Our school’s dress code and its enforcers seem to target girls more than boys.  If a girl wears something that just barely violates the dress code, she spends the whole day worrying about whether or not a teacher will persecute her for it, but boys who violate the dress code do not have to worry as much, if any.  If the dress code does not change, the administration at least needs to enforce the code equally.

Natalie Wilson

Our school’s decision on dress code is far to dramatized by the students. I find the rules set for us to be perfectly fair and normal, and anyone should be able to find a shirt that fits them properly and covers them appropriately, or pants that don’t reveal parts of you that you know you shouldn’t flaunt. It’s all a matter of remembering our basic morals as humans and putting them in action, even in the presence of the boy you’re trying to snag with your “smoking hot body.”  There are plenty of clothes available to you that are trendy and modest at the same time.

Noelle Walker

I believe that most of the dress code is unreasonable. If someone shows up in inappropriate clothing, such as an extremely low V-neck, or tremendously undersized shorts, they should be punished. But if someone shows up in yoga pants or a modest tank top, it should be okay. Lots of people wear things mainly for comfort or for appearance. They shouldn’t be punished because it doesn’t follow the “three finger” rule for shirts or the fingertip regulation.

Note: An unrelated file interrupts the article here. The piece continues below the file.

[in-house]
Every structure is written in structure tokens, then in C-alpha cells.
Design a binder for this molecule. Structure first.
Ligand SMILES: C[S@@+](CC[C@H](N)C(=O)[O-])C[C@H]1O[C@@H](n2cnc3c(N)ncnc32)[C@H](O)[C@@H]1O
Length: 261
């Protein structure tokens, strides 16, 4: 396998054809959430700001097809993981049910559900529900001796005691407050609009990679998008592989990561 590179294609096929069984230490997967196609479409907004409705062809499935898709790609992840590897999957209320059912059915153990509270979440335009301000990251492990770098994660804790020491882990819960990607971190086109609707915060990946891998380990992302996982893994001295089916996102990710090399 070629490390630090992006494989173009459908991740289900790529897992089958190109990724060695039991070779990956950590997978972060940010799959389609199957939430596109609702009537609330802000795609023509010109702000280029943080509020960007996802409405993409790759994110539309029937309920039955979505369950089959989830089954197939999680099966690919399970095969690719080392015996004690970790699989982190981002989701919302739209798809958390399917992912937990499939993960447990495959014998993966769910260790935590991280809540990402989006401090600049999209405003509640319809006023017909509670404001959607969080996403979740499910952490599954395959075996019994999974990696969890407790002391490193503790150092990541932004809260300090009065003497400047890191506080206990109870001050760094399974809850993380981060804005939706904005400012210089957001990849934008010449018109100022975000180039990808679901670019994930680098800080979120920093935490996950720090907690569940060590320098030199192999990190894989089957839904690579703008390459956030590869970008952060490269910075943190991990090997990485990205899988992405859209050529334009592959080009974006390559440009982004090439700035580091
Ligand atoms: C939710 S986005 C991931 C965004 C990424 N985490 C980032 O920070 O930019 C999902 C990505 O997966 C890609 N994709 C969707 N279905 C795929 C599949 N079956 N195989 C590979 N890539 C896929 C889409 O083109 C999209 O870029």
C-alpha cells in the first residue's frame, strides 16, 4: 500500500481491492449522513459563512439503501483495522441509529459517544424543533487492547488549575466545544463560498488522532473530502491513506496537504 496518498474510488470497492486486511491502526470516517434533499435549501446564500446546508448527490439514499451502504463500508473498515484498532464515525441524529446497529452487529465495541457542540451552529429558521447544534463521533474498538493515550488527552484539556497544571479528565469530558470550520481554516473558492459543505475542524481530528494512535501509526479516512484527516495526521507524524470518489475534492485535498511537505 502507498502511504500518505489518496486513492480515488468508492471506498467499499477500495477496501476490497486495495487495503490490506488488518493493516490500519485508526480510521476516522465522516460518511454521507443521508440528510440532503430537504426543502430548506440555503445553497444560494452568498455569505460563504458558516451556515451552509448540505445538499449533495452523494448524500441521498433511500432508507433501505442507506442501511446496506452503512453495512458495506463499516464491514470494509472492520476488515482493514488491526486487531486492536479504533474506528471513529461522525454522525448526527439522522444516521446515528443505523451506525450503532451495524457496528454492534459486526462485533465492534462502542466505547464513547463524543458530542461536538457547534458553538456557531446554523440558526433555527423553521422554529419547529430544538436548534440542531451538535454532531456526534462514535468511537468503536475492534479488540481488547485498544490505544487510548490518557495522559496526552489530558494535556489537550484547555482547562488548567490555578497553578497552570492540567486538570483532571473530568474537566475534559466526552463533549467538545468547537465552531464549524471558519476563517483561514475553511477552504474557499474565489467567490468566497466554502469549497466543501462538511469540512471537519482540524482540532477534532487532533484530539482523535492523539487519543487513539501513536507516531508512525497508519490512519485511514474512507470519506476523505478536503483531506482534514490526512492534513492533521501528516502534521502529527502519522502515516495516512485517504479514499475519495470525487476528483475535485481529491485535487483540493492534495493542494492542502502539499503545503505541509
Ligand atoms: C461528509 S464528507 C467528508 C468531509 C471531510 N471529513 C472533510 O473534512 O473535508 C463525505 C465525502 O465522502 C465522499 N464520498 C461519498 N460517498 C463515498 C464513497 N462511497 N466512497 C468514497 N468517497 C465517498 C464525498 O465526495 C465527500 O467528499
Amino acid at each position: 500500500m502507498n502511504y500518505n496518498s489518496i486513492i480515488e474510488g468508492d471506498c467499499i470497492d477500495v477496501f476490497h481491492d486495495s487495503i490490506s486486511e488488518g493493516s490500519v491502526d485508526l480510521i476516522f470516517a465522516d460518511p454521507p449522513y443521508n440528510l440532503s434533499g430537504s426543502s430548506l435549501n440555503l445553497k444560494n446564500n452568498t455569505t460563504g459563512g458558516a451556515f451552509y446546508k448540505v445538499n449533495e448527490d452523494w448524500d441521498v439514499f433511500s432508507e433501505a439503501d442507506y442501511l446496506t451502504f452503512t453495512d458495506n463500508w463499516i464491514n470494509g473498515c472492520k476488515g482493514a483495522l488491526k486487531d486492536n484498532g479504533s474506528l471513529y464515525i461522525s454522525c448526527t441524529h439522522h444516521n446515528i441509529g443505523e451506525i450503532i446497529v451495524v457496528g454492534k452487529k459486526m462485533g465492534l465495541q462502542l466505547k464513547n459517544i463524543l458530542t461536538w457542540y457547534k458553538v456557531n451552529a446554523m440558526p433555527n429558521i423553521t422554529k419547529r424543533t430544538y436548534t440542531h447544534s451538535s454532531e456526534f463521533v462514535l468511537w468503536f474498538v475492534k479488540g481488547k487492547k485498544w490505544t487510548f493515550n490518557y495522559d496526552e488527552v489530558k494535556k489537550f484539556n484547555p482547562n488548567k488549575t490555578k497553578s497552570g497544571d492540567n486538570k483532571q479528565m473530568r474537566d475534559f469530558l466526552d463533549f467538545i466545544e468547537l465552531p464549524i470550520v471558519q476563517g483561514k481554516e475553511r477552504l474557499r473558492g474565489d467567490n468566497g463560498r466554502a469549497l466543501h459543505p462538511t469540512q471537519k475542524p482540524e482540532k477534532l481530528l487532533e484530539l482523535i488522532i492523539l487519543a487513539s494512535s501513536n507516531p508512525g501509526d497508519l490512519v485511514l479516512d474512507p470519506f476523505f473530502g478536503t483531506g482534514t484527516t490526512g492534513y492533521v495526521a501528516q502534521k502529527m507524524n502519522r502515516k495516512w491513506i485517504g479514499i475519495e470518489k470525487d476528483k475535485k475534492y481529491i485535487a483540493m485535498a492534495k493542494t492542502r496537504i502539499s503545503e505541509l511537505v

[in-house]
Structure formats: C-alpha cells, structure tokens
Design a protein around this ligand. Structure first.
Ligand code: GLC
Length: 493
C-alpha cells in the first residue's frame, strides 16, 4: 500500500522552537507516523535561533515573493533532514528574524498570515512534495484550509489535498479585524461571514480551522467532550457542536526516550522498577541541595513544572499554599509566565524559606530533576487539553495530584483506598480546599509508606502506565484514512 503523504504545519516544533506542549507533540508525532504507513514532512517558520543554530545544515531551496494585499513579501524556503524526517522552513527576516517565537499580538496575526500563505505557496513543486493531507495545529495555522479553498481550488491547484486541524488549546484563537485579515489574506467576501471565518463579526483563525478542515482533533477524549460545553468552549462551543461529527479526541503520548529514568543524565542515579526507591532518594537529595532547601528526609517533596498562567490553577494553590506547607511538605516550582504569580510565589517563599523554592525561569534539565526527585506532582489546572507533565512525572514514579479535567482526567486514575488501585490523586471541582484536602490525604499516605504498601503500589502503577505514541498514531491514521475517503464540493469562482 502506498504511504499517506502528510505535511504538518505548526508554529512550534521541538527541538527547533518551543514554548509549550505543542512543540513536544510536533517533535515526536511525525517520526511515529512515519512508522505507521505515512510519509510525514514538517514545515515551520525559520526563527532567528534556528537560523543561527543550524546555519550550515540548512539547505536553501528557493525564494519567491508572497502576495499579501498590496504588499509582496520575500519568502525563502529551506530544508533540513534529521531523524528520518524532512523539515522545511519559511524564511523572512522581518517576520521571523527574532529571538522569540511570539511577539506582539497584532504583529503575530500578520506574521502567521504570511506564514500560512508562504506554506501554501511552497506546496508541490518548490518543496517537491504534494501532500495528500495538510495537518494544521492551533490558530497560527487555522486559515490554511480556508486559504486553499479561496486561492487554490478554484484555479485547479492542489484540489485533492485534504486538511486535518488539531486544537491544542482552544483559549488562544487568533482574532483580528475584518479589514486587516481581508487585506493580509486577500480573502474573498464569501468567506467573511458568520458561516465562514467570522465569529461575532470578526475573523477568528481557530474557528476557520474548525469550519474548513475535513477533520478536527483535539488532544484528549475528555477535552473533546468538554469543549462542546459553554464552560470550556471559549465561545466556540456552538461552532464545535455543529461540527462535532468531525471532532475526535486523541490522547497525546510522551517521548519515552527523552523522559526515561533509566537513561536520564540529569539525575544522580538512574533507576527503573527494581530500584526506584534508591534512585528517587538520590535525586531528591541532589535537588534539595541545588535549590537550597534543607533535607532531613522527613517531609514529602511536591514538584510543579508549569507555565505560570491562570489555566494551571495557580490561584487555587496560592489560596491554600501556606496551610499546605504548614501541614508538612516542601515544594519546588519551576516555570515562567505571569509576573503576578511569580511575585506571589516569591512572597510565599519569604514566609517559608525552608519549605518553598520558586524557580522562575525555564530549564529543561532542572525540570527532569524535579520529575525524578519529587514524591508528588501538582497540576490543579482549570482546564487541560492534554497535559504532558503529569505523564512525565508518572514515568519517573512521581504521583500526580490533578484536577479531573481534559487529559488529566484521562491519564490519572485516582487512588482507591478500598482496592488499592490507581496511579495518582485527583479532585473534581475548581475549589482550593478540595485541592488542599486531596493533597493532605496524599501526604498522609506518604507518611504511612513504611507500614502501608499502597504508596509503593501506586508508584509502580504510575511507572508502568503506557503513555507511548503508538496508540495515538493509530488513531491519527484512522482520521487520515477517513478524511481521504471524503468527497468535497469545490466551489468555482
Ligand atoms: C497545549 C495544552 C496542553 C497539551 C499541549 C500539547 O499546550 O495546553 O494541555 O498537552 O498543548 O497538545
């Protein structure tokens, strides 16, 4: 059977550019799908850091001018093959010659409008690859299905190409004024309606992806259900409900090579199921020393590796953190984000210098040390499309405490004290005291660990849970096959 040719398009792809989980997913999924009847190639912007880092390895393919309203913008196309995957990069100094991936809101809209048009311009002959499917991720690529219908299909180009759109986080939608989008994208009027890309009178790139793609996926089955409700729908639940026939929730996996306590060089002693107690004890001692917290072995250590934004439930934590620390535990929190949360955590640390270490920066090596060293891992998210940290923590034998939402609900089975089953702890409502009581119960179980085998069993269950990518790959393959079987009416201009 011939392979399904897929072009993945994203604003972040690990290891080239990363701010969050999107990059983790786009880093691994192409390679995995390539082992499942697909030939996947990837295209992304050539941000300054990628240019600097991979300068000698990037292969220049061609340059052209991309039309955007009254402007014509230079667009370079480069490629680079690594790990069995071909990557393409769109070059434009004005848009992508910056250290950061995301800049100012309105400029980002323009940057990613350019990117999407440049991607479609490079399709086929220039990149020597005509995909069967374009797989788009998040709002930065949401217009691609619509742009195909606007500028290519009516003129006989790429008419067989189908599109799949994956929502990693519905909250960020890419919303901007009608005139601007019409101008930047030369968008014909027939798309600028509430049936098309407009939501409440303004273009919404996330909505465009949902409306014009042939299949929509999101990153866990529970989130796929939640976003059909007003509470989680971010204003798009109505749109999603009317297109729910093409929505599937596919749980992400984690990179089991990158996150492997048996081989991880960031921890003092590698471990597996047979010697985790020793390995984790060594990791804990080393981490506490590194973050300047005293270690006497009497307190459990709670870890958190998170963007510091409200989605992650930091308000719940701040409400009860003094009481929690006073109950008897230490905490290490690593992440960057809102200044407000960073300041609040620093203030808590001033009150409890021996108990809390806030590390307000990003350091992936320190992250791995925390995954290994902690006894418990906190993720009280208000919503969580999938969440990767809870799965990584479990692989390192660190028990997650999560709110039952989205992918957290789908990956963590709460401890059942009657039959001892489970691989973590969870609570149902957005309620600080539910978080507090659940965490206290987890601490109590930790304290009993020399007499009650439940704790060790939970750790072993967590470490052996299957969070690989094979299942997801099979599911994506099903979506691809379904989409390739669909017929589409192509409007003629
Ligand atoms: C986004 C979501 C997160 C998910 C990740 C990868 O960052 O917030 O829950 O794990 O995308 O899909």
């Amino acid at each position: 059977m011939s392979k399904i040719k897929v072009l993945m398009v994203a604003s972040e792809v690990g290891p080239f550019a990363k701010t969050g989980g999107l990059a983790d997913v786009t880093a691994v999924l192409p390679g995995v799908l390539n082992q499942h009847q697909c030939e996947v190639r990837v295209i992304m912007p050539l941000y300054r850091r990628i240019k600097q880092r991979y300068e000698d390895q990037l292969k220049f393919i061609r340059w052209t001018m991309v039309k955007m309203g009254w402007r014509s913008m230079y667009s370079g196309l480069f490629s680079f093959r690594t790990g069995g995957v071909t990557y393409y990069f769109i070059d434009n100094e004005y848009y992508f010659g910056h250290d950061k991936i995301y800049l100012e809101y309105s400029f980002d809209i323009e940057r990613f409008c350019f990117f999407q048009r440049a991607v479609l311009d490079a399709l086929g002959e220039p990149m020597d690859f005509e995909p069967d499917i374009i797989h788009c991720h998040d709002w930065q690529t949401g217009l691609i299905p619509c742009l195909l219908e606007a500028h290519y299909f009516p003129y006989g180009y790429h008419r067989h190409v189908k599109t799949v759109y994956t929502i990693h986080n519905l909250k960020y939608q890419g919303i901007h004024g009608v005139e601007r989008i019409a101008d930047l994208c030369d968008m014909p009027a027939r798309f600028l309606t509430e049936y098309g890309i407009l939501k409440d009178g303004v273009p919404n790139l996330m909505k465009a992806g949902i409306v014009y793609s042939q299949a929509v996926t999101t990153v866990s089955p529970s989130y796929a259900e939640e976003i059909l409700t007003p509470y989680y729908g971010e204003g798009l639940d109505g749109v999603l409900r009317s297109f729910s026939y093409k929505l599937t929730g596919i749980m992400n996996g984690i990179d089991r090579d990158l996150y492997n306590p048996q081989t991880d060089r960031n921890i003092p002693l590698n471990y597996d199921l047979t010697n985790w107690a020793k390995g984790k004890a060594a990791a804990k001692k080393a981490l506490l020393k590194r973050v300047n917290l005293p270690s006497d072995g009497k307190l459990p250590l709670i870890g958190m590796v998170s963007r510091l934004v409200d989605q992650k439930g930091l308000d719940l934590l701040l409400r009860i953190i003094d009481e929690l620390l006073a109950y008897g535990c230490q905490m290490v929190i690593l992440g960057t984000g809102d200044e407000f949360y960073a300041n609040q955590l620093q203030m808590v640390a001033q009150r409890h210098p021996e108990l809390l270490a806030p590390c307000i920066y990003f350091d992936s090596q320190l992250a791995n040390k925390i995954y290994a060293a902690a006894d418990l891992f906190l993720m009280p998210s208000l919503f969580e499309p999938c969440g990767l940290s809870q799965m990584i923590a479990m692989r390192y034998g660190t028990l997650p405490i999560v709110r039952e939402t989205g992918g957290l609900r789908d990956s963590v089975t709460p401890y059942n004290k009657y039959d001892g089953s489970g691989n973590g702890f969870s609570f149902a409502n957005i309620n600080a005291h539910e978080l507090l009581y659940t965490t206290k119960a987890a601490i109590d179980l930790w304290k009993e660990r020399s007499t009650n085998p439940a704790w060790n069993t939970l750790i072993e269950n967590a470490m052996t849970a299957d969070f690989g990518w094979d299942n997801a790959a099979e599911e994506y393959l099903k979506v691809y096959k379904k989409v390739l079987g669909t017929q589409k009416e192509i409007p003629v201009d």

Owen Wickman

I think dress code is completely overrated and doesn’t really serve much purpose. I know some girls that bring a change of clothes to school because they know they will be dress coded. It’s not really “distracting” when girls wear something out of dress code, anyway. It serves no purpose. As long as people are wearing clothes that cover them to a good level then there shouldn’t be regulations set concerning how students dress.